For all its apparent issues with regards to celebrating the silencing of women (at least at face value), there is no denying that Shakespeare’s The Taming of the Shrew is a succinct lesson in the easy way misunderstandings and stereotypical gender dynamics translate to humor. What other reason could explain its many famous updates, whether 10 Things I Hate About You or Kiss Me Kate? But Phyllida Lloyd’s new, famously all-woman production of the play at the Public Theater’s Shakespeare in the Park takes those tropes and pushes them to the point of absurdity.

The years of debating the meaning and merits of the play have been summed up by scholars much much smarter than I, so let’s focus on Lloyd’s take on this battle between men and women. In summation: the play centers around the sisters Katherina (Kate) and Bianca; Kate is beautiful and smart but a bitch, while Bianca is beautiful and a bit of a dud. As is the way, Bianca has many suitors, but their father will not allow her to marry until Kate is wed. To get around this, several of Bianca’s wannabe beaus conspire with the older cad Petruchio, who is seeking wealth, to get him to marry Kate so they can get to Bianca. In the meantime, a young man named Lucentio disguises himself and works as Bianca’s tutor in order to win her true love.

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Lloyd, who directed Mamma Mia! on Broadway and has staged all-woman casts of Julius Caesar and Henry IV at St. Ann’s Warehouse, seems to have married the camp of the former productions with the messaging of the latter in her Shrew; she’s set the play in a literal Spaghetti Western. By that I mean the Italian influences are still firmly in place (Janet McTeer’s Petruchio plays a real sloppy Latin lover type), but the set and costuming is all out west, with features like cowgirl outfits, ill-fitting men’s suits, RVs and even a beauty pageant.

The rest of the casting is refreshingly creative. Judy Gold plays Bianca’s suitor Gremio, who gets her own moment of modernization by acting essentially as an MRA doing stand-up, with shout-outs to “our future president” Hillary Clinton. Some of television’s less famous actors are seen here too, as they often are in New York theater: The Good Wife’s Cush Jumbo plays Kate, and Donna Lynne Champlin of Crazy Ex-Girlfriend is cast as Hortensio. At first, that they’re all women playing men is jarringly clear—almost distracting; but as the play continues, you settle into the exact dynamics that arise, caught up in the double-meanings and interpretations laid upon every bit of dialogue.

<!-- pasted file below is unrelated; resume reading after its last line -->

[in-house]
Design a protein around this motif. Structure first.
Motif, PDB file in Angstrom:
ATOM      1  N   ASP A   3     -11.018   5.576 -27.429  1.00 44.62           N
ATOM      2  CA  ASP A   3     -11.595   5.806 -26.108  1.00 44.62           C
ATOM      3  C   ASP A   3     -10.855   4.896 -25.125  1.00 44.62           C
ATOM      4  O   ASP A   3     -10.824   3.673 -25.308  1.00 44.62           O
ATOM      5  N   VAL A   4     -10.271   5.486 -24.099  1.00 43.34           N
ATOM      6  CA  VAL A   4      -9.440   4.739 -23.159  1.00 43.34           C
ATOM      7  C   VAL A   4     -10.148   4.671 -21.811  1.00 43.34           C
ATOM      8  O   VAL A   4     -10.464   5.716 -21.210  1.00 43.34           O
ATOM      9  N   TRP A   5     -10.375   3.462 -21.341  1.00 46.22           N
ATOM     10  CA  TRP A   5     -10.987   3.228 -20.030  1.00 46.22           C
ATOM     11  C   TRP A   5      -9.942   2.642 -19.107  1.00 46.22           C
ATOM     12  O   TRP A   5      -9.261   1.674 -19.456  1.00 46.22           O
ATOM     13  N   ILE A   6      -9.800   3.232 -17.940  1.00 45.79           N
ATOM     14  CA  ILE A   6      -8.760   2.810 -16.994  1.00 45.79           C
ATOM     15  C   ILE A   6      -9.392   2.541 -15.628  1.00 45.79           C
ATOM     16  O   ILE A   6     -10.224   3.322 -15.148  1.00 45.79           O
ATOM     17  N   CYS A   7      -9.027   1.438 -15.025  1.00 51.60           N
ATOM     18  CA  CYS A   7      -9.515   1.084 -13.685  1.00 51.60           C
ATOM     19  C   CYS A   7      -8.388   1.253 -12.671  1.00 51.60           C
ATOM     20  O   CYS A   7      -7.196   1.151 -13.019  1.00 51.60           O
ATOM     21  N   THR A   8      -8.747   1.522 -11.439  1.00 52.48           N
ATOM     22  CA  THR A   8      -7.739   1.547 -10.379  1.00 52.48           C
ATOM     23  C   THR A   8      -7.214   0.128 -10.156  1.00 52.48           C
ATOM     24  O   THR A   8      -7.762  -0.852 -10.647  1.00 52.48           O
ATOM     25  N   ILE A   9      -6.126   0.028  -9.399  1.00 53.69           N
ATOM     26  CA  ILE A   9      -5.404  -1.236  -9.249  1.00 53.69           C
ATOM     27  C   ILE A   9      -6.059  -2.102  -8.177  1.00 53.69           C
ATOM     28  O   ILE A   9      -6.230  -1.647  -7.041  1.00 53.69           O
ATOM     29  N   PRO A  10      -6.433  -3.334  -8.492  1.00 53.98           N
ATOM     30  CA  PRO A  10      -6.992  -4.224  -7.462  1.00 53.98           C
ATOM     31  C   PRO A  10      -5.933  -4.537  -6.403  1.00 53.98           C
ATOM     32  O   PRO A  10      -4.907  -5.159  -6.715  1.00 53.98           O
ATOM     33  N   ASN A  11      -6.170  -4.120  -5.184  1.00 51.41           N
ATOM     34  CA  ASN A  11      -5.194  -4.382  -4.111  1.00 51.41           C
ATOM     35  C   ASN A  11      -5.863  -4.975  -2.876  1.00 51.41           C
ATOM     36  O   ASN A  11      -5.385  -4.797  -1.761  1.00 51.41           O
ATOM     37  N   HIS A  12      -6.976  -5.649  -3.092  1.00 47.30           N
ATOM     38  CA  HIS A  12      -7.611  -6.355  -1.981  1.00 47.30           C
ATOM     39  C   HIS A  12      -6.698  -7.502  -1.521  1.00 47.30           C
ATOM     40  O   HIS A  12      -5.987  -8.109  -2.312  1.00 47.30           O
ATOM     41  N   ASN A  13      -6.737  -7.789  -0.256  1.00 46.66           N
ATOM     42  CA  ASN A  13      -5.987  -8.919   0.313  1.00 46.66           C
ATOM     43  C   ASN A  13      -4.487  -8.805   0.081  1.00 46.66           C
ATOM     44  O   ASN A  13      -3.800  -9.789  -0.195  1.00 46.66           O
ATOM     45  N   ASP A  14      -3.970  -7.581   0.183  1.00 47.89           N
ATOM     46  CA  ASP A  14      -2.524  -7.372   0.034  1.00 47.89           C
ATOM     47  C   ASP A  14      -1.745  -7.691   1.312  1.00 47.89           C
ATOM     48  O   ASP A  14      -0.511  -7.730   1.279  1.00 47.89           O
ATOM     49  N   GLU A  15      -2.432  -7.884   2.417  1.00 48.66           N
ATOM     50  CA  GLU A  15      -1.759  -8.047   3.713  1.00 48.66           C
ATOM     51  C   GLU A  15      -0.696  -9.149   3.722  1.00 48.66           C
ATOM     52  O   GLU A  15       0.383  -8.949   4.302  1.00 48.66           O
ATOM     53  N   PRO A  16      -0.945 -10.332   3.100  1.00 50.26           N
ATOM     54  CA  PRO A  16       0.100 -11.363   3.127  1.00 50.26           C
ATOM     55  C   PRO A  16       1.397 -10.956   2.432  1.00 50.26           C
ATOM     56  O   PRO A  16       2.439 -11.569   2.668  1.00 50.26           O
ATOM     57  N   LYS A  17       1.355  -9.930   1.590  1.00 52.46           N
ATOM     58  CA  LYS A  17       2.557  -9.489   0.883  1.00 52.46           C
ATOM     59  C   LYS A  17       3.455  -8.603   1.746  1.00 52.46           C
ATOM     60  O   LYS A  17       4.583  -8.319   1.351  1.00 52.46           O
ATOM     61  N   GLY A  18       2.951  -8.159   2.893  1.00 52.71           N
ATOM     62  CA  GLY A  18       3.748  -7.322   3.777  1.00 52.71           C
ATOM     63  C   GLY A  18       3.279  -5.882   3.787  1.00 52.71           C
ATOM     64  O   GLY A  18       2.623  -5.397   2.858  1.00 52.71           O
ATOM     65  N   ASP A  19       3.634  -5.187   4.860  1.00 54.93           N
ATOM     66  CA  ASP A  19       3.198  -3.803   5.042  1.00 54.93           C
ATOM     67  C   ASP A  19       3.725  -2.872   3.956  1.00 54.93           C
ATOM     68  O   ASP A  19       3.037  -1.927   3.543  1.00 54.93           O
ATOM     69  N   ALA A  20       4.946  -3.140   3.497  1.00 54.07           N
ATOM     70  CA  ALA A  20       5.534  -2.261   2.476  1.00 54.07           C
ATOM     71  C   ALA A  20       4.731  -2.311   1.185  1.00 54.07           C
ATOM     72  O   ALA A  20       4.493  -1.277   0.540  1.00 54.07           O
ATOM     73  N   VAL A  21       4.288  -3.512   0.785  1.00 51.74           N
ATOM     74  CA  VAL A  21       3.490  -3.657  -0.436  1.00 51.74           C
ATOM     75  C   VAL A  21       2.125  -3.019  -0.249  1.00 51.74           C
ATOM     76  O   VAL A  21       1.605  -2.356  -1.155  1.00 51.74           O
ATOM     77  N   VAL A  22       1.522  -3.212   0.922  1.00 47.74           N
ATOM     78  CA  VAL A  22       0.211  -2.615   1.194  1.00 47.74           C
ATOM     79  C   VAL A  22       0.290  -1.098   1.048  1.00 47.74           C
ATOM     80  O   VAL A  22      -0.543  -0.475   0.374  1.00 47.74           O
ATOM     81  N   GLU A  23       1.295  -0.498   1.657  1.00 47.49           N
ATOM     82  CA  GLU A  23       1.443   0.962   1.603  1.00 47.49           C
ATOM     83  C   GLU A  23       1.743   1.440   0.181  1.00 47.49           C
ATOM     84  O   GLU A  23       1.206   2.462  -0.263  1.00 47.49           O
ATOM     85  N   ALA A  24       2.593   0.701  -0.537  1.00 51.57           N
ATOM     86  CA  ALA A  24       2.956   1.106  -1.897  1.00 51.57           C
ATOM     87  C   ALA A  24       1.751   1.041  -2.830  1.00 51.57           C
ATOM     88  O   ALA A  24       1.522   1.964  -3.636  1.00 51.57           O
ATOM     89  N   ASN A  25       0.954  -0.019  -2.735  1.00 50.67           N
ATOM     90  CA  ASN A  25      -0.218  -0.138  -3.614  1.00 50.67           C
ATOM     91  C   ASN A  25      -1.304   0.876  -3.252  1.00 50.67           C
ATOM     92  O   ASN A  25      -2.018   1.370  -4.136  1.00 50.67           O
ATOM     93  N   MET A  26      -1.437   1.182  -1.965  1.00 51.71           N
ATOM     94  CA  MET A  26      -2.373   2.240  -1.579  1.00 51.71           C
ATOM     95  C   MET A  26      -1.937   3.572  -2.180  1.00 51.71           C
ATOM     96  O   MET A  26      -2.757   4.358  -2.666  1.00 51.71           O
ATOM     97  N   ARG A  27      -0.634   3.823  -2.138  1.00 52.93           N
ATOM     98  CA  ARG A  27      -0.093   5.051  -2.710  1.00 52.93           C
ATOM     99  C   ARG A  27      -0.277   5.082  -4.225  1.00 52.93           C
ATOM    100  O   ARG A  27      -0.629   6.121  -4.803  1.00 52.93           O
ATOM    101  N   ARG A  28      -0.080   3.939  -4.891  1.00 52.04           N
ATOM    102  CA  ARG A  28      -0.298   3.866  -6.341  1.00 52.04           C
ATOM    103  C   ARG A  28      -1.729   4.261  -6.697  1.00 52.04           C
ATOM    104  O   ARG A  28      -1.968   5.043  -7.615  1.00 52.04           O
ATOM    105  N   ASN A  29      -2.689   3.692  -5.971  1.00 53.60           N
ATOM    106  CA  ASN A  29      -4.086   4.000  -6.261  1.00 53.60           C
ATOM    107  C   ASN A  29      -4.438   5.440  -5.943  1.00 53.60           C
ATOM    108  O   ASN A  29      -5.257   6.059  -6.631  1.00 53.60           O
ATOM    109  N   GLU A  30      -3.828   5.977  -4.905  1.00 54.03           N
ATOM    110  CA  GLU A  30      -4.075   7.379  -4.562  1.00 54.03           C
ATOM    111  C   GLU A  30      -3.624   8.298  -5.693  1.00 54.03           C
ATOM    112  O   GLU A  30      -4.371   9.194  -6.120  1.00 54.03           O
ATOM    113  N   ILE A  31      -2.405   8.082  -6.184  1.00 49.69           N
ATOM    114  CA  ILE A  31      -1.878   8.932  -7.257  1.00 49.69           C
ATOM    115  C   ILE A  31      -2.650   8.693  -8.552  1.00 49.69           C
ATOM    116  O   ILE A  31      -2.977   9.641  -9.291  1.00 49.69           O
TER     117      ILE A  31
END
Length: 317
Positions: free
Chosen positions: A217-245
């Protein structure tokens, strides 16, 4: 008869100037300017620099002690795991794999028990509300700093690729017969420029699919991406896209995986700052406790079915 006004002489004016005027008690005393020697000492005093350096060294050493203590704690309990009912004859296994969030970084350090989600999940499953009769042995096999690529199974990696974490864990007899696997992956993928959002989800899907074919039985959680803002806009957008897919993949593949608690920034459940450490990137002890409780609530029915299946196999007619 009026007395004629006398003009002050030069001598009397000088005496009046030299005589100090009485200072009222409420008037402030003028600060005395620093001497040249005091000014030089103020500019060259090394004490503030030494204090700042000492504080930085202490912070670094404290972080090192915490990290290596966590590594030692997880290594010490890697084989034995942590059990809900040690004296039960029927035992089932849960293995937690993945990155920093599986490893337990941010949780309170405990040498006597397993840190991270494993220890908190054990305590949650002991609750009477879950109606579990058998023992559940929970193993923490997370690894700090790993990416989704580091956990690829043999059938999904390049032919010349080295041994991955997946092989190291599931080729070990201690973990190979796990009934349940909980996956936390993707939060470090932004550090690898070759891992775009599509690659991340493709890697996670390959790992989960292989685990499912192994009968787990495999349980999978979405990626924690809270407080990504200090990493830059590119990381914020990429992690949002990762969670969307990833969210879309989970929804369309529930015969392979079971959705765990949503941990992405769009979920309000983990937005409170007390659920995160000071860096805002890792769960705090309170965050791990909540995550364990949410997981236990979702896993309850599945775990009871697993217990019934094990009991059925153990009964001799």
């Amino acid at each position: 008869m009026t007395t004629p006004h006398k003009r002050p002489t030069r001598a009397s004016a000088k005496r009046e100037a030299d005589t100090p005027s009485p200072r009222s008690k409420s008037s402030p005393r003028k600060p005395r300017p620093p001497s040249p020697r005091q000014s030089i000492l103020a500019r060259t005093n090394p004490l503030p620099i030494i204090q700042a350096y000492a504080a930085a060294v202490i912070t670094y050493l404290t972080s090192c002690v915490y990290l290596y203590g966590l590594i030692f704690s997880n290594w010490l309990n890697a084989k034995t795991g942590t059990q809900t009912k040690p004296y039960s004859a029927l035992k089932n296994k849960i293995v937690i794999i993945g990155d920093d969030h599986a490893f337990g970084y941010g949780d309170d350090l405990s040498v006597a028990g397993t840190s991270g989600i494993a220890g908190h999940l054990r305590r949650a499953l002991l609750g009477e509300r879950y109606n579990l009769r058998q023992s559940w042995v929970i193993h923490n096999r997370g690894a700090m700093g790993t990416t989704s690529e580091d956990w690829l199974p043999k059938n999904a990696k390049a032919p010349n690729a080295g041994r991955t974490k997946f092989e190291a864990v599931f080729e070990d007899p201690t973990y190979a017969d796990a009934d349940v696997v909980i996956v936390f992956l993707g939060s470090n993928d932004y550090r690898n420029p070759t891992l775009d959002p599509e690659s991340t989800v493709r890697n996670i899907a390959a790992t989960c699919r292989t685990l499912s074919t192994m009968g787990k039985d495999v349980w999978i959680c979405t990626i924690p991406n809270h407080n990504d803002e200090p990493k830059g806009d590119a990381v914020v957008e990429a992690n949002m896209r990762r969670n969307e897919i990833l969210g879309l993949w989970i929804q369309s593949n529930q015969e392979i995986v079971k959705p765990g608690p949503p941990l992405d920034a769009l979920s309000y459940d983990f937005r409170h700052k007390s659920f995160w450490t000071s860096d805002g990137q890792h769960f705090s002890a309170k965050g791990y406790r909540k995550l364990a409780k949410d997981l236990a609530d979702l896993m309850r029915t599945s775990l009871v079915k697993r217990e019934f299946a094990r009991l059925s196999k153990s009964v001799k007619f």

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That is, until the end. The Taming of Shrew finishes with a heavily debated speech by Kate, who has, at this point, been “tamed” by Petruchio. “To wound thy lord, thy king, thy governor/It blots thy beauty as frosts do bite the meads/Confounds thy fame as whirlwinds shake fair buds/And in no sense is meet or amiable,” she says, adding (famously) later, “I am ashamed that women are so simple/To offer war where they should kneel for peace/Or seek for rule, supremacy, and sway/Whey they are bound to serve, love, and obey.” In Lloyd’s interpretation, Kate is then crowned in a beauty pageant—before tearing off her sash in a fit. The production ends, fittingly, with a seeming nod to the most popular modern movie adaptation of Shrew, as the cast dances to Joan Jett’s “Bad Reputation.” Kate has shown her true colors, clad in a ripped t-shirt that reads, crudely, “SWINE.”

With women in these roles, the tense moments of female suppression become more acute and the the entire conceit laughable, shifting it into the kind of moral tale some argue Shakespeare was making in the first place. “You don’t know whose side he is coming down on and that’s the beauty of the writing,” Lloyd said in an interview of her take on Shakespeare’s intention. No matter—that’s most of the fun in his original, and even more so here.

And that it’s all done at the benefit of the women involved, all the better. “One of the sad things we often encounter in the Park is the relative paucity of women’s roles: in Shakespeare’s theater, women couldn’t appear on stage, and were played by boys or young men,” the Public’s Artistic Director Oskar Eustis wrote of the production. “The joy that has been unleashed in our building by having a company made up entirely of women has been palpable.” For the audience, too.


Images by Joan Marcus/The Public Theater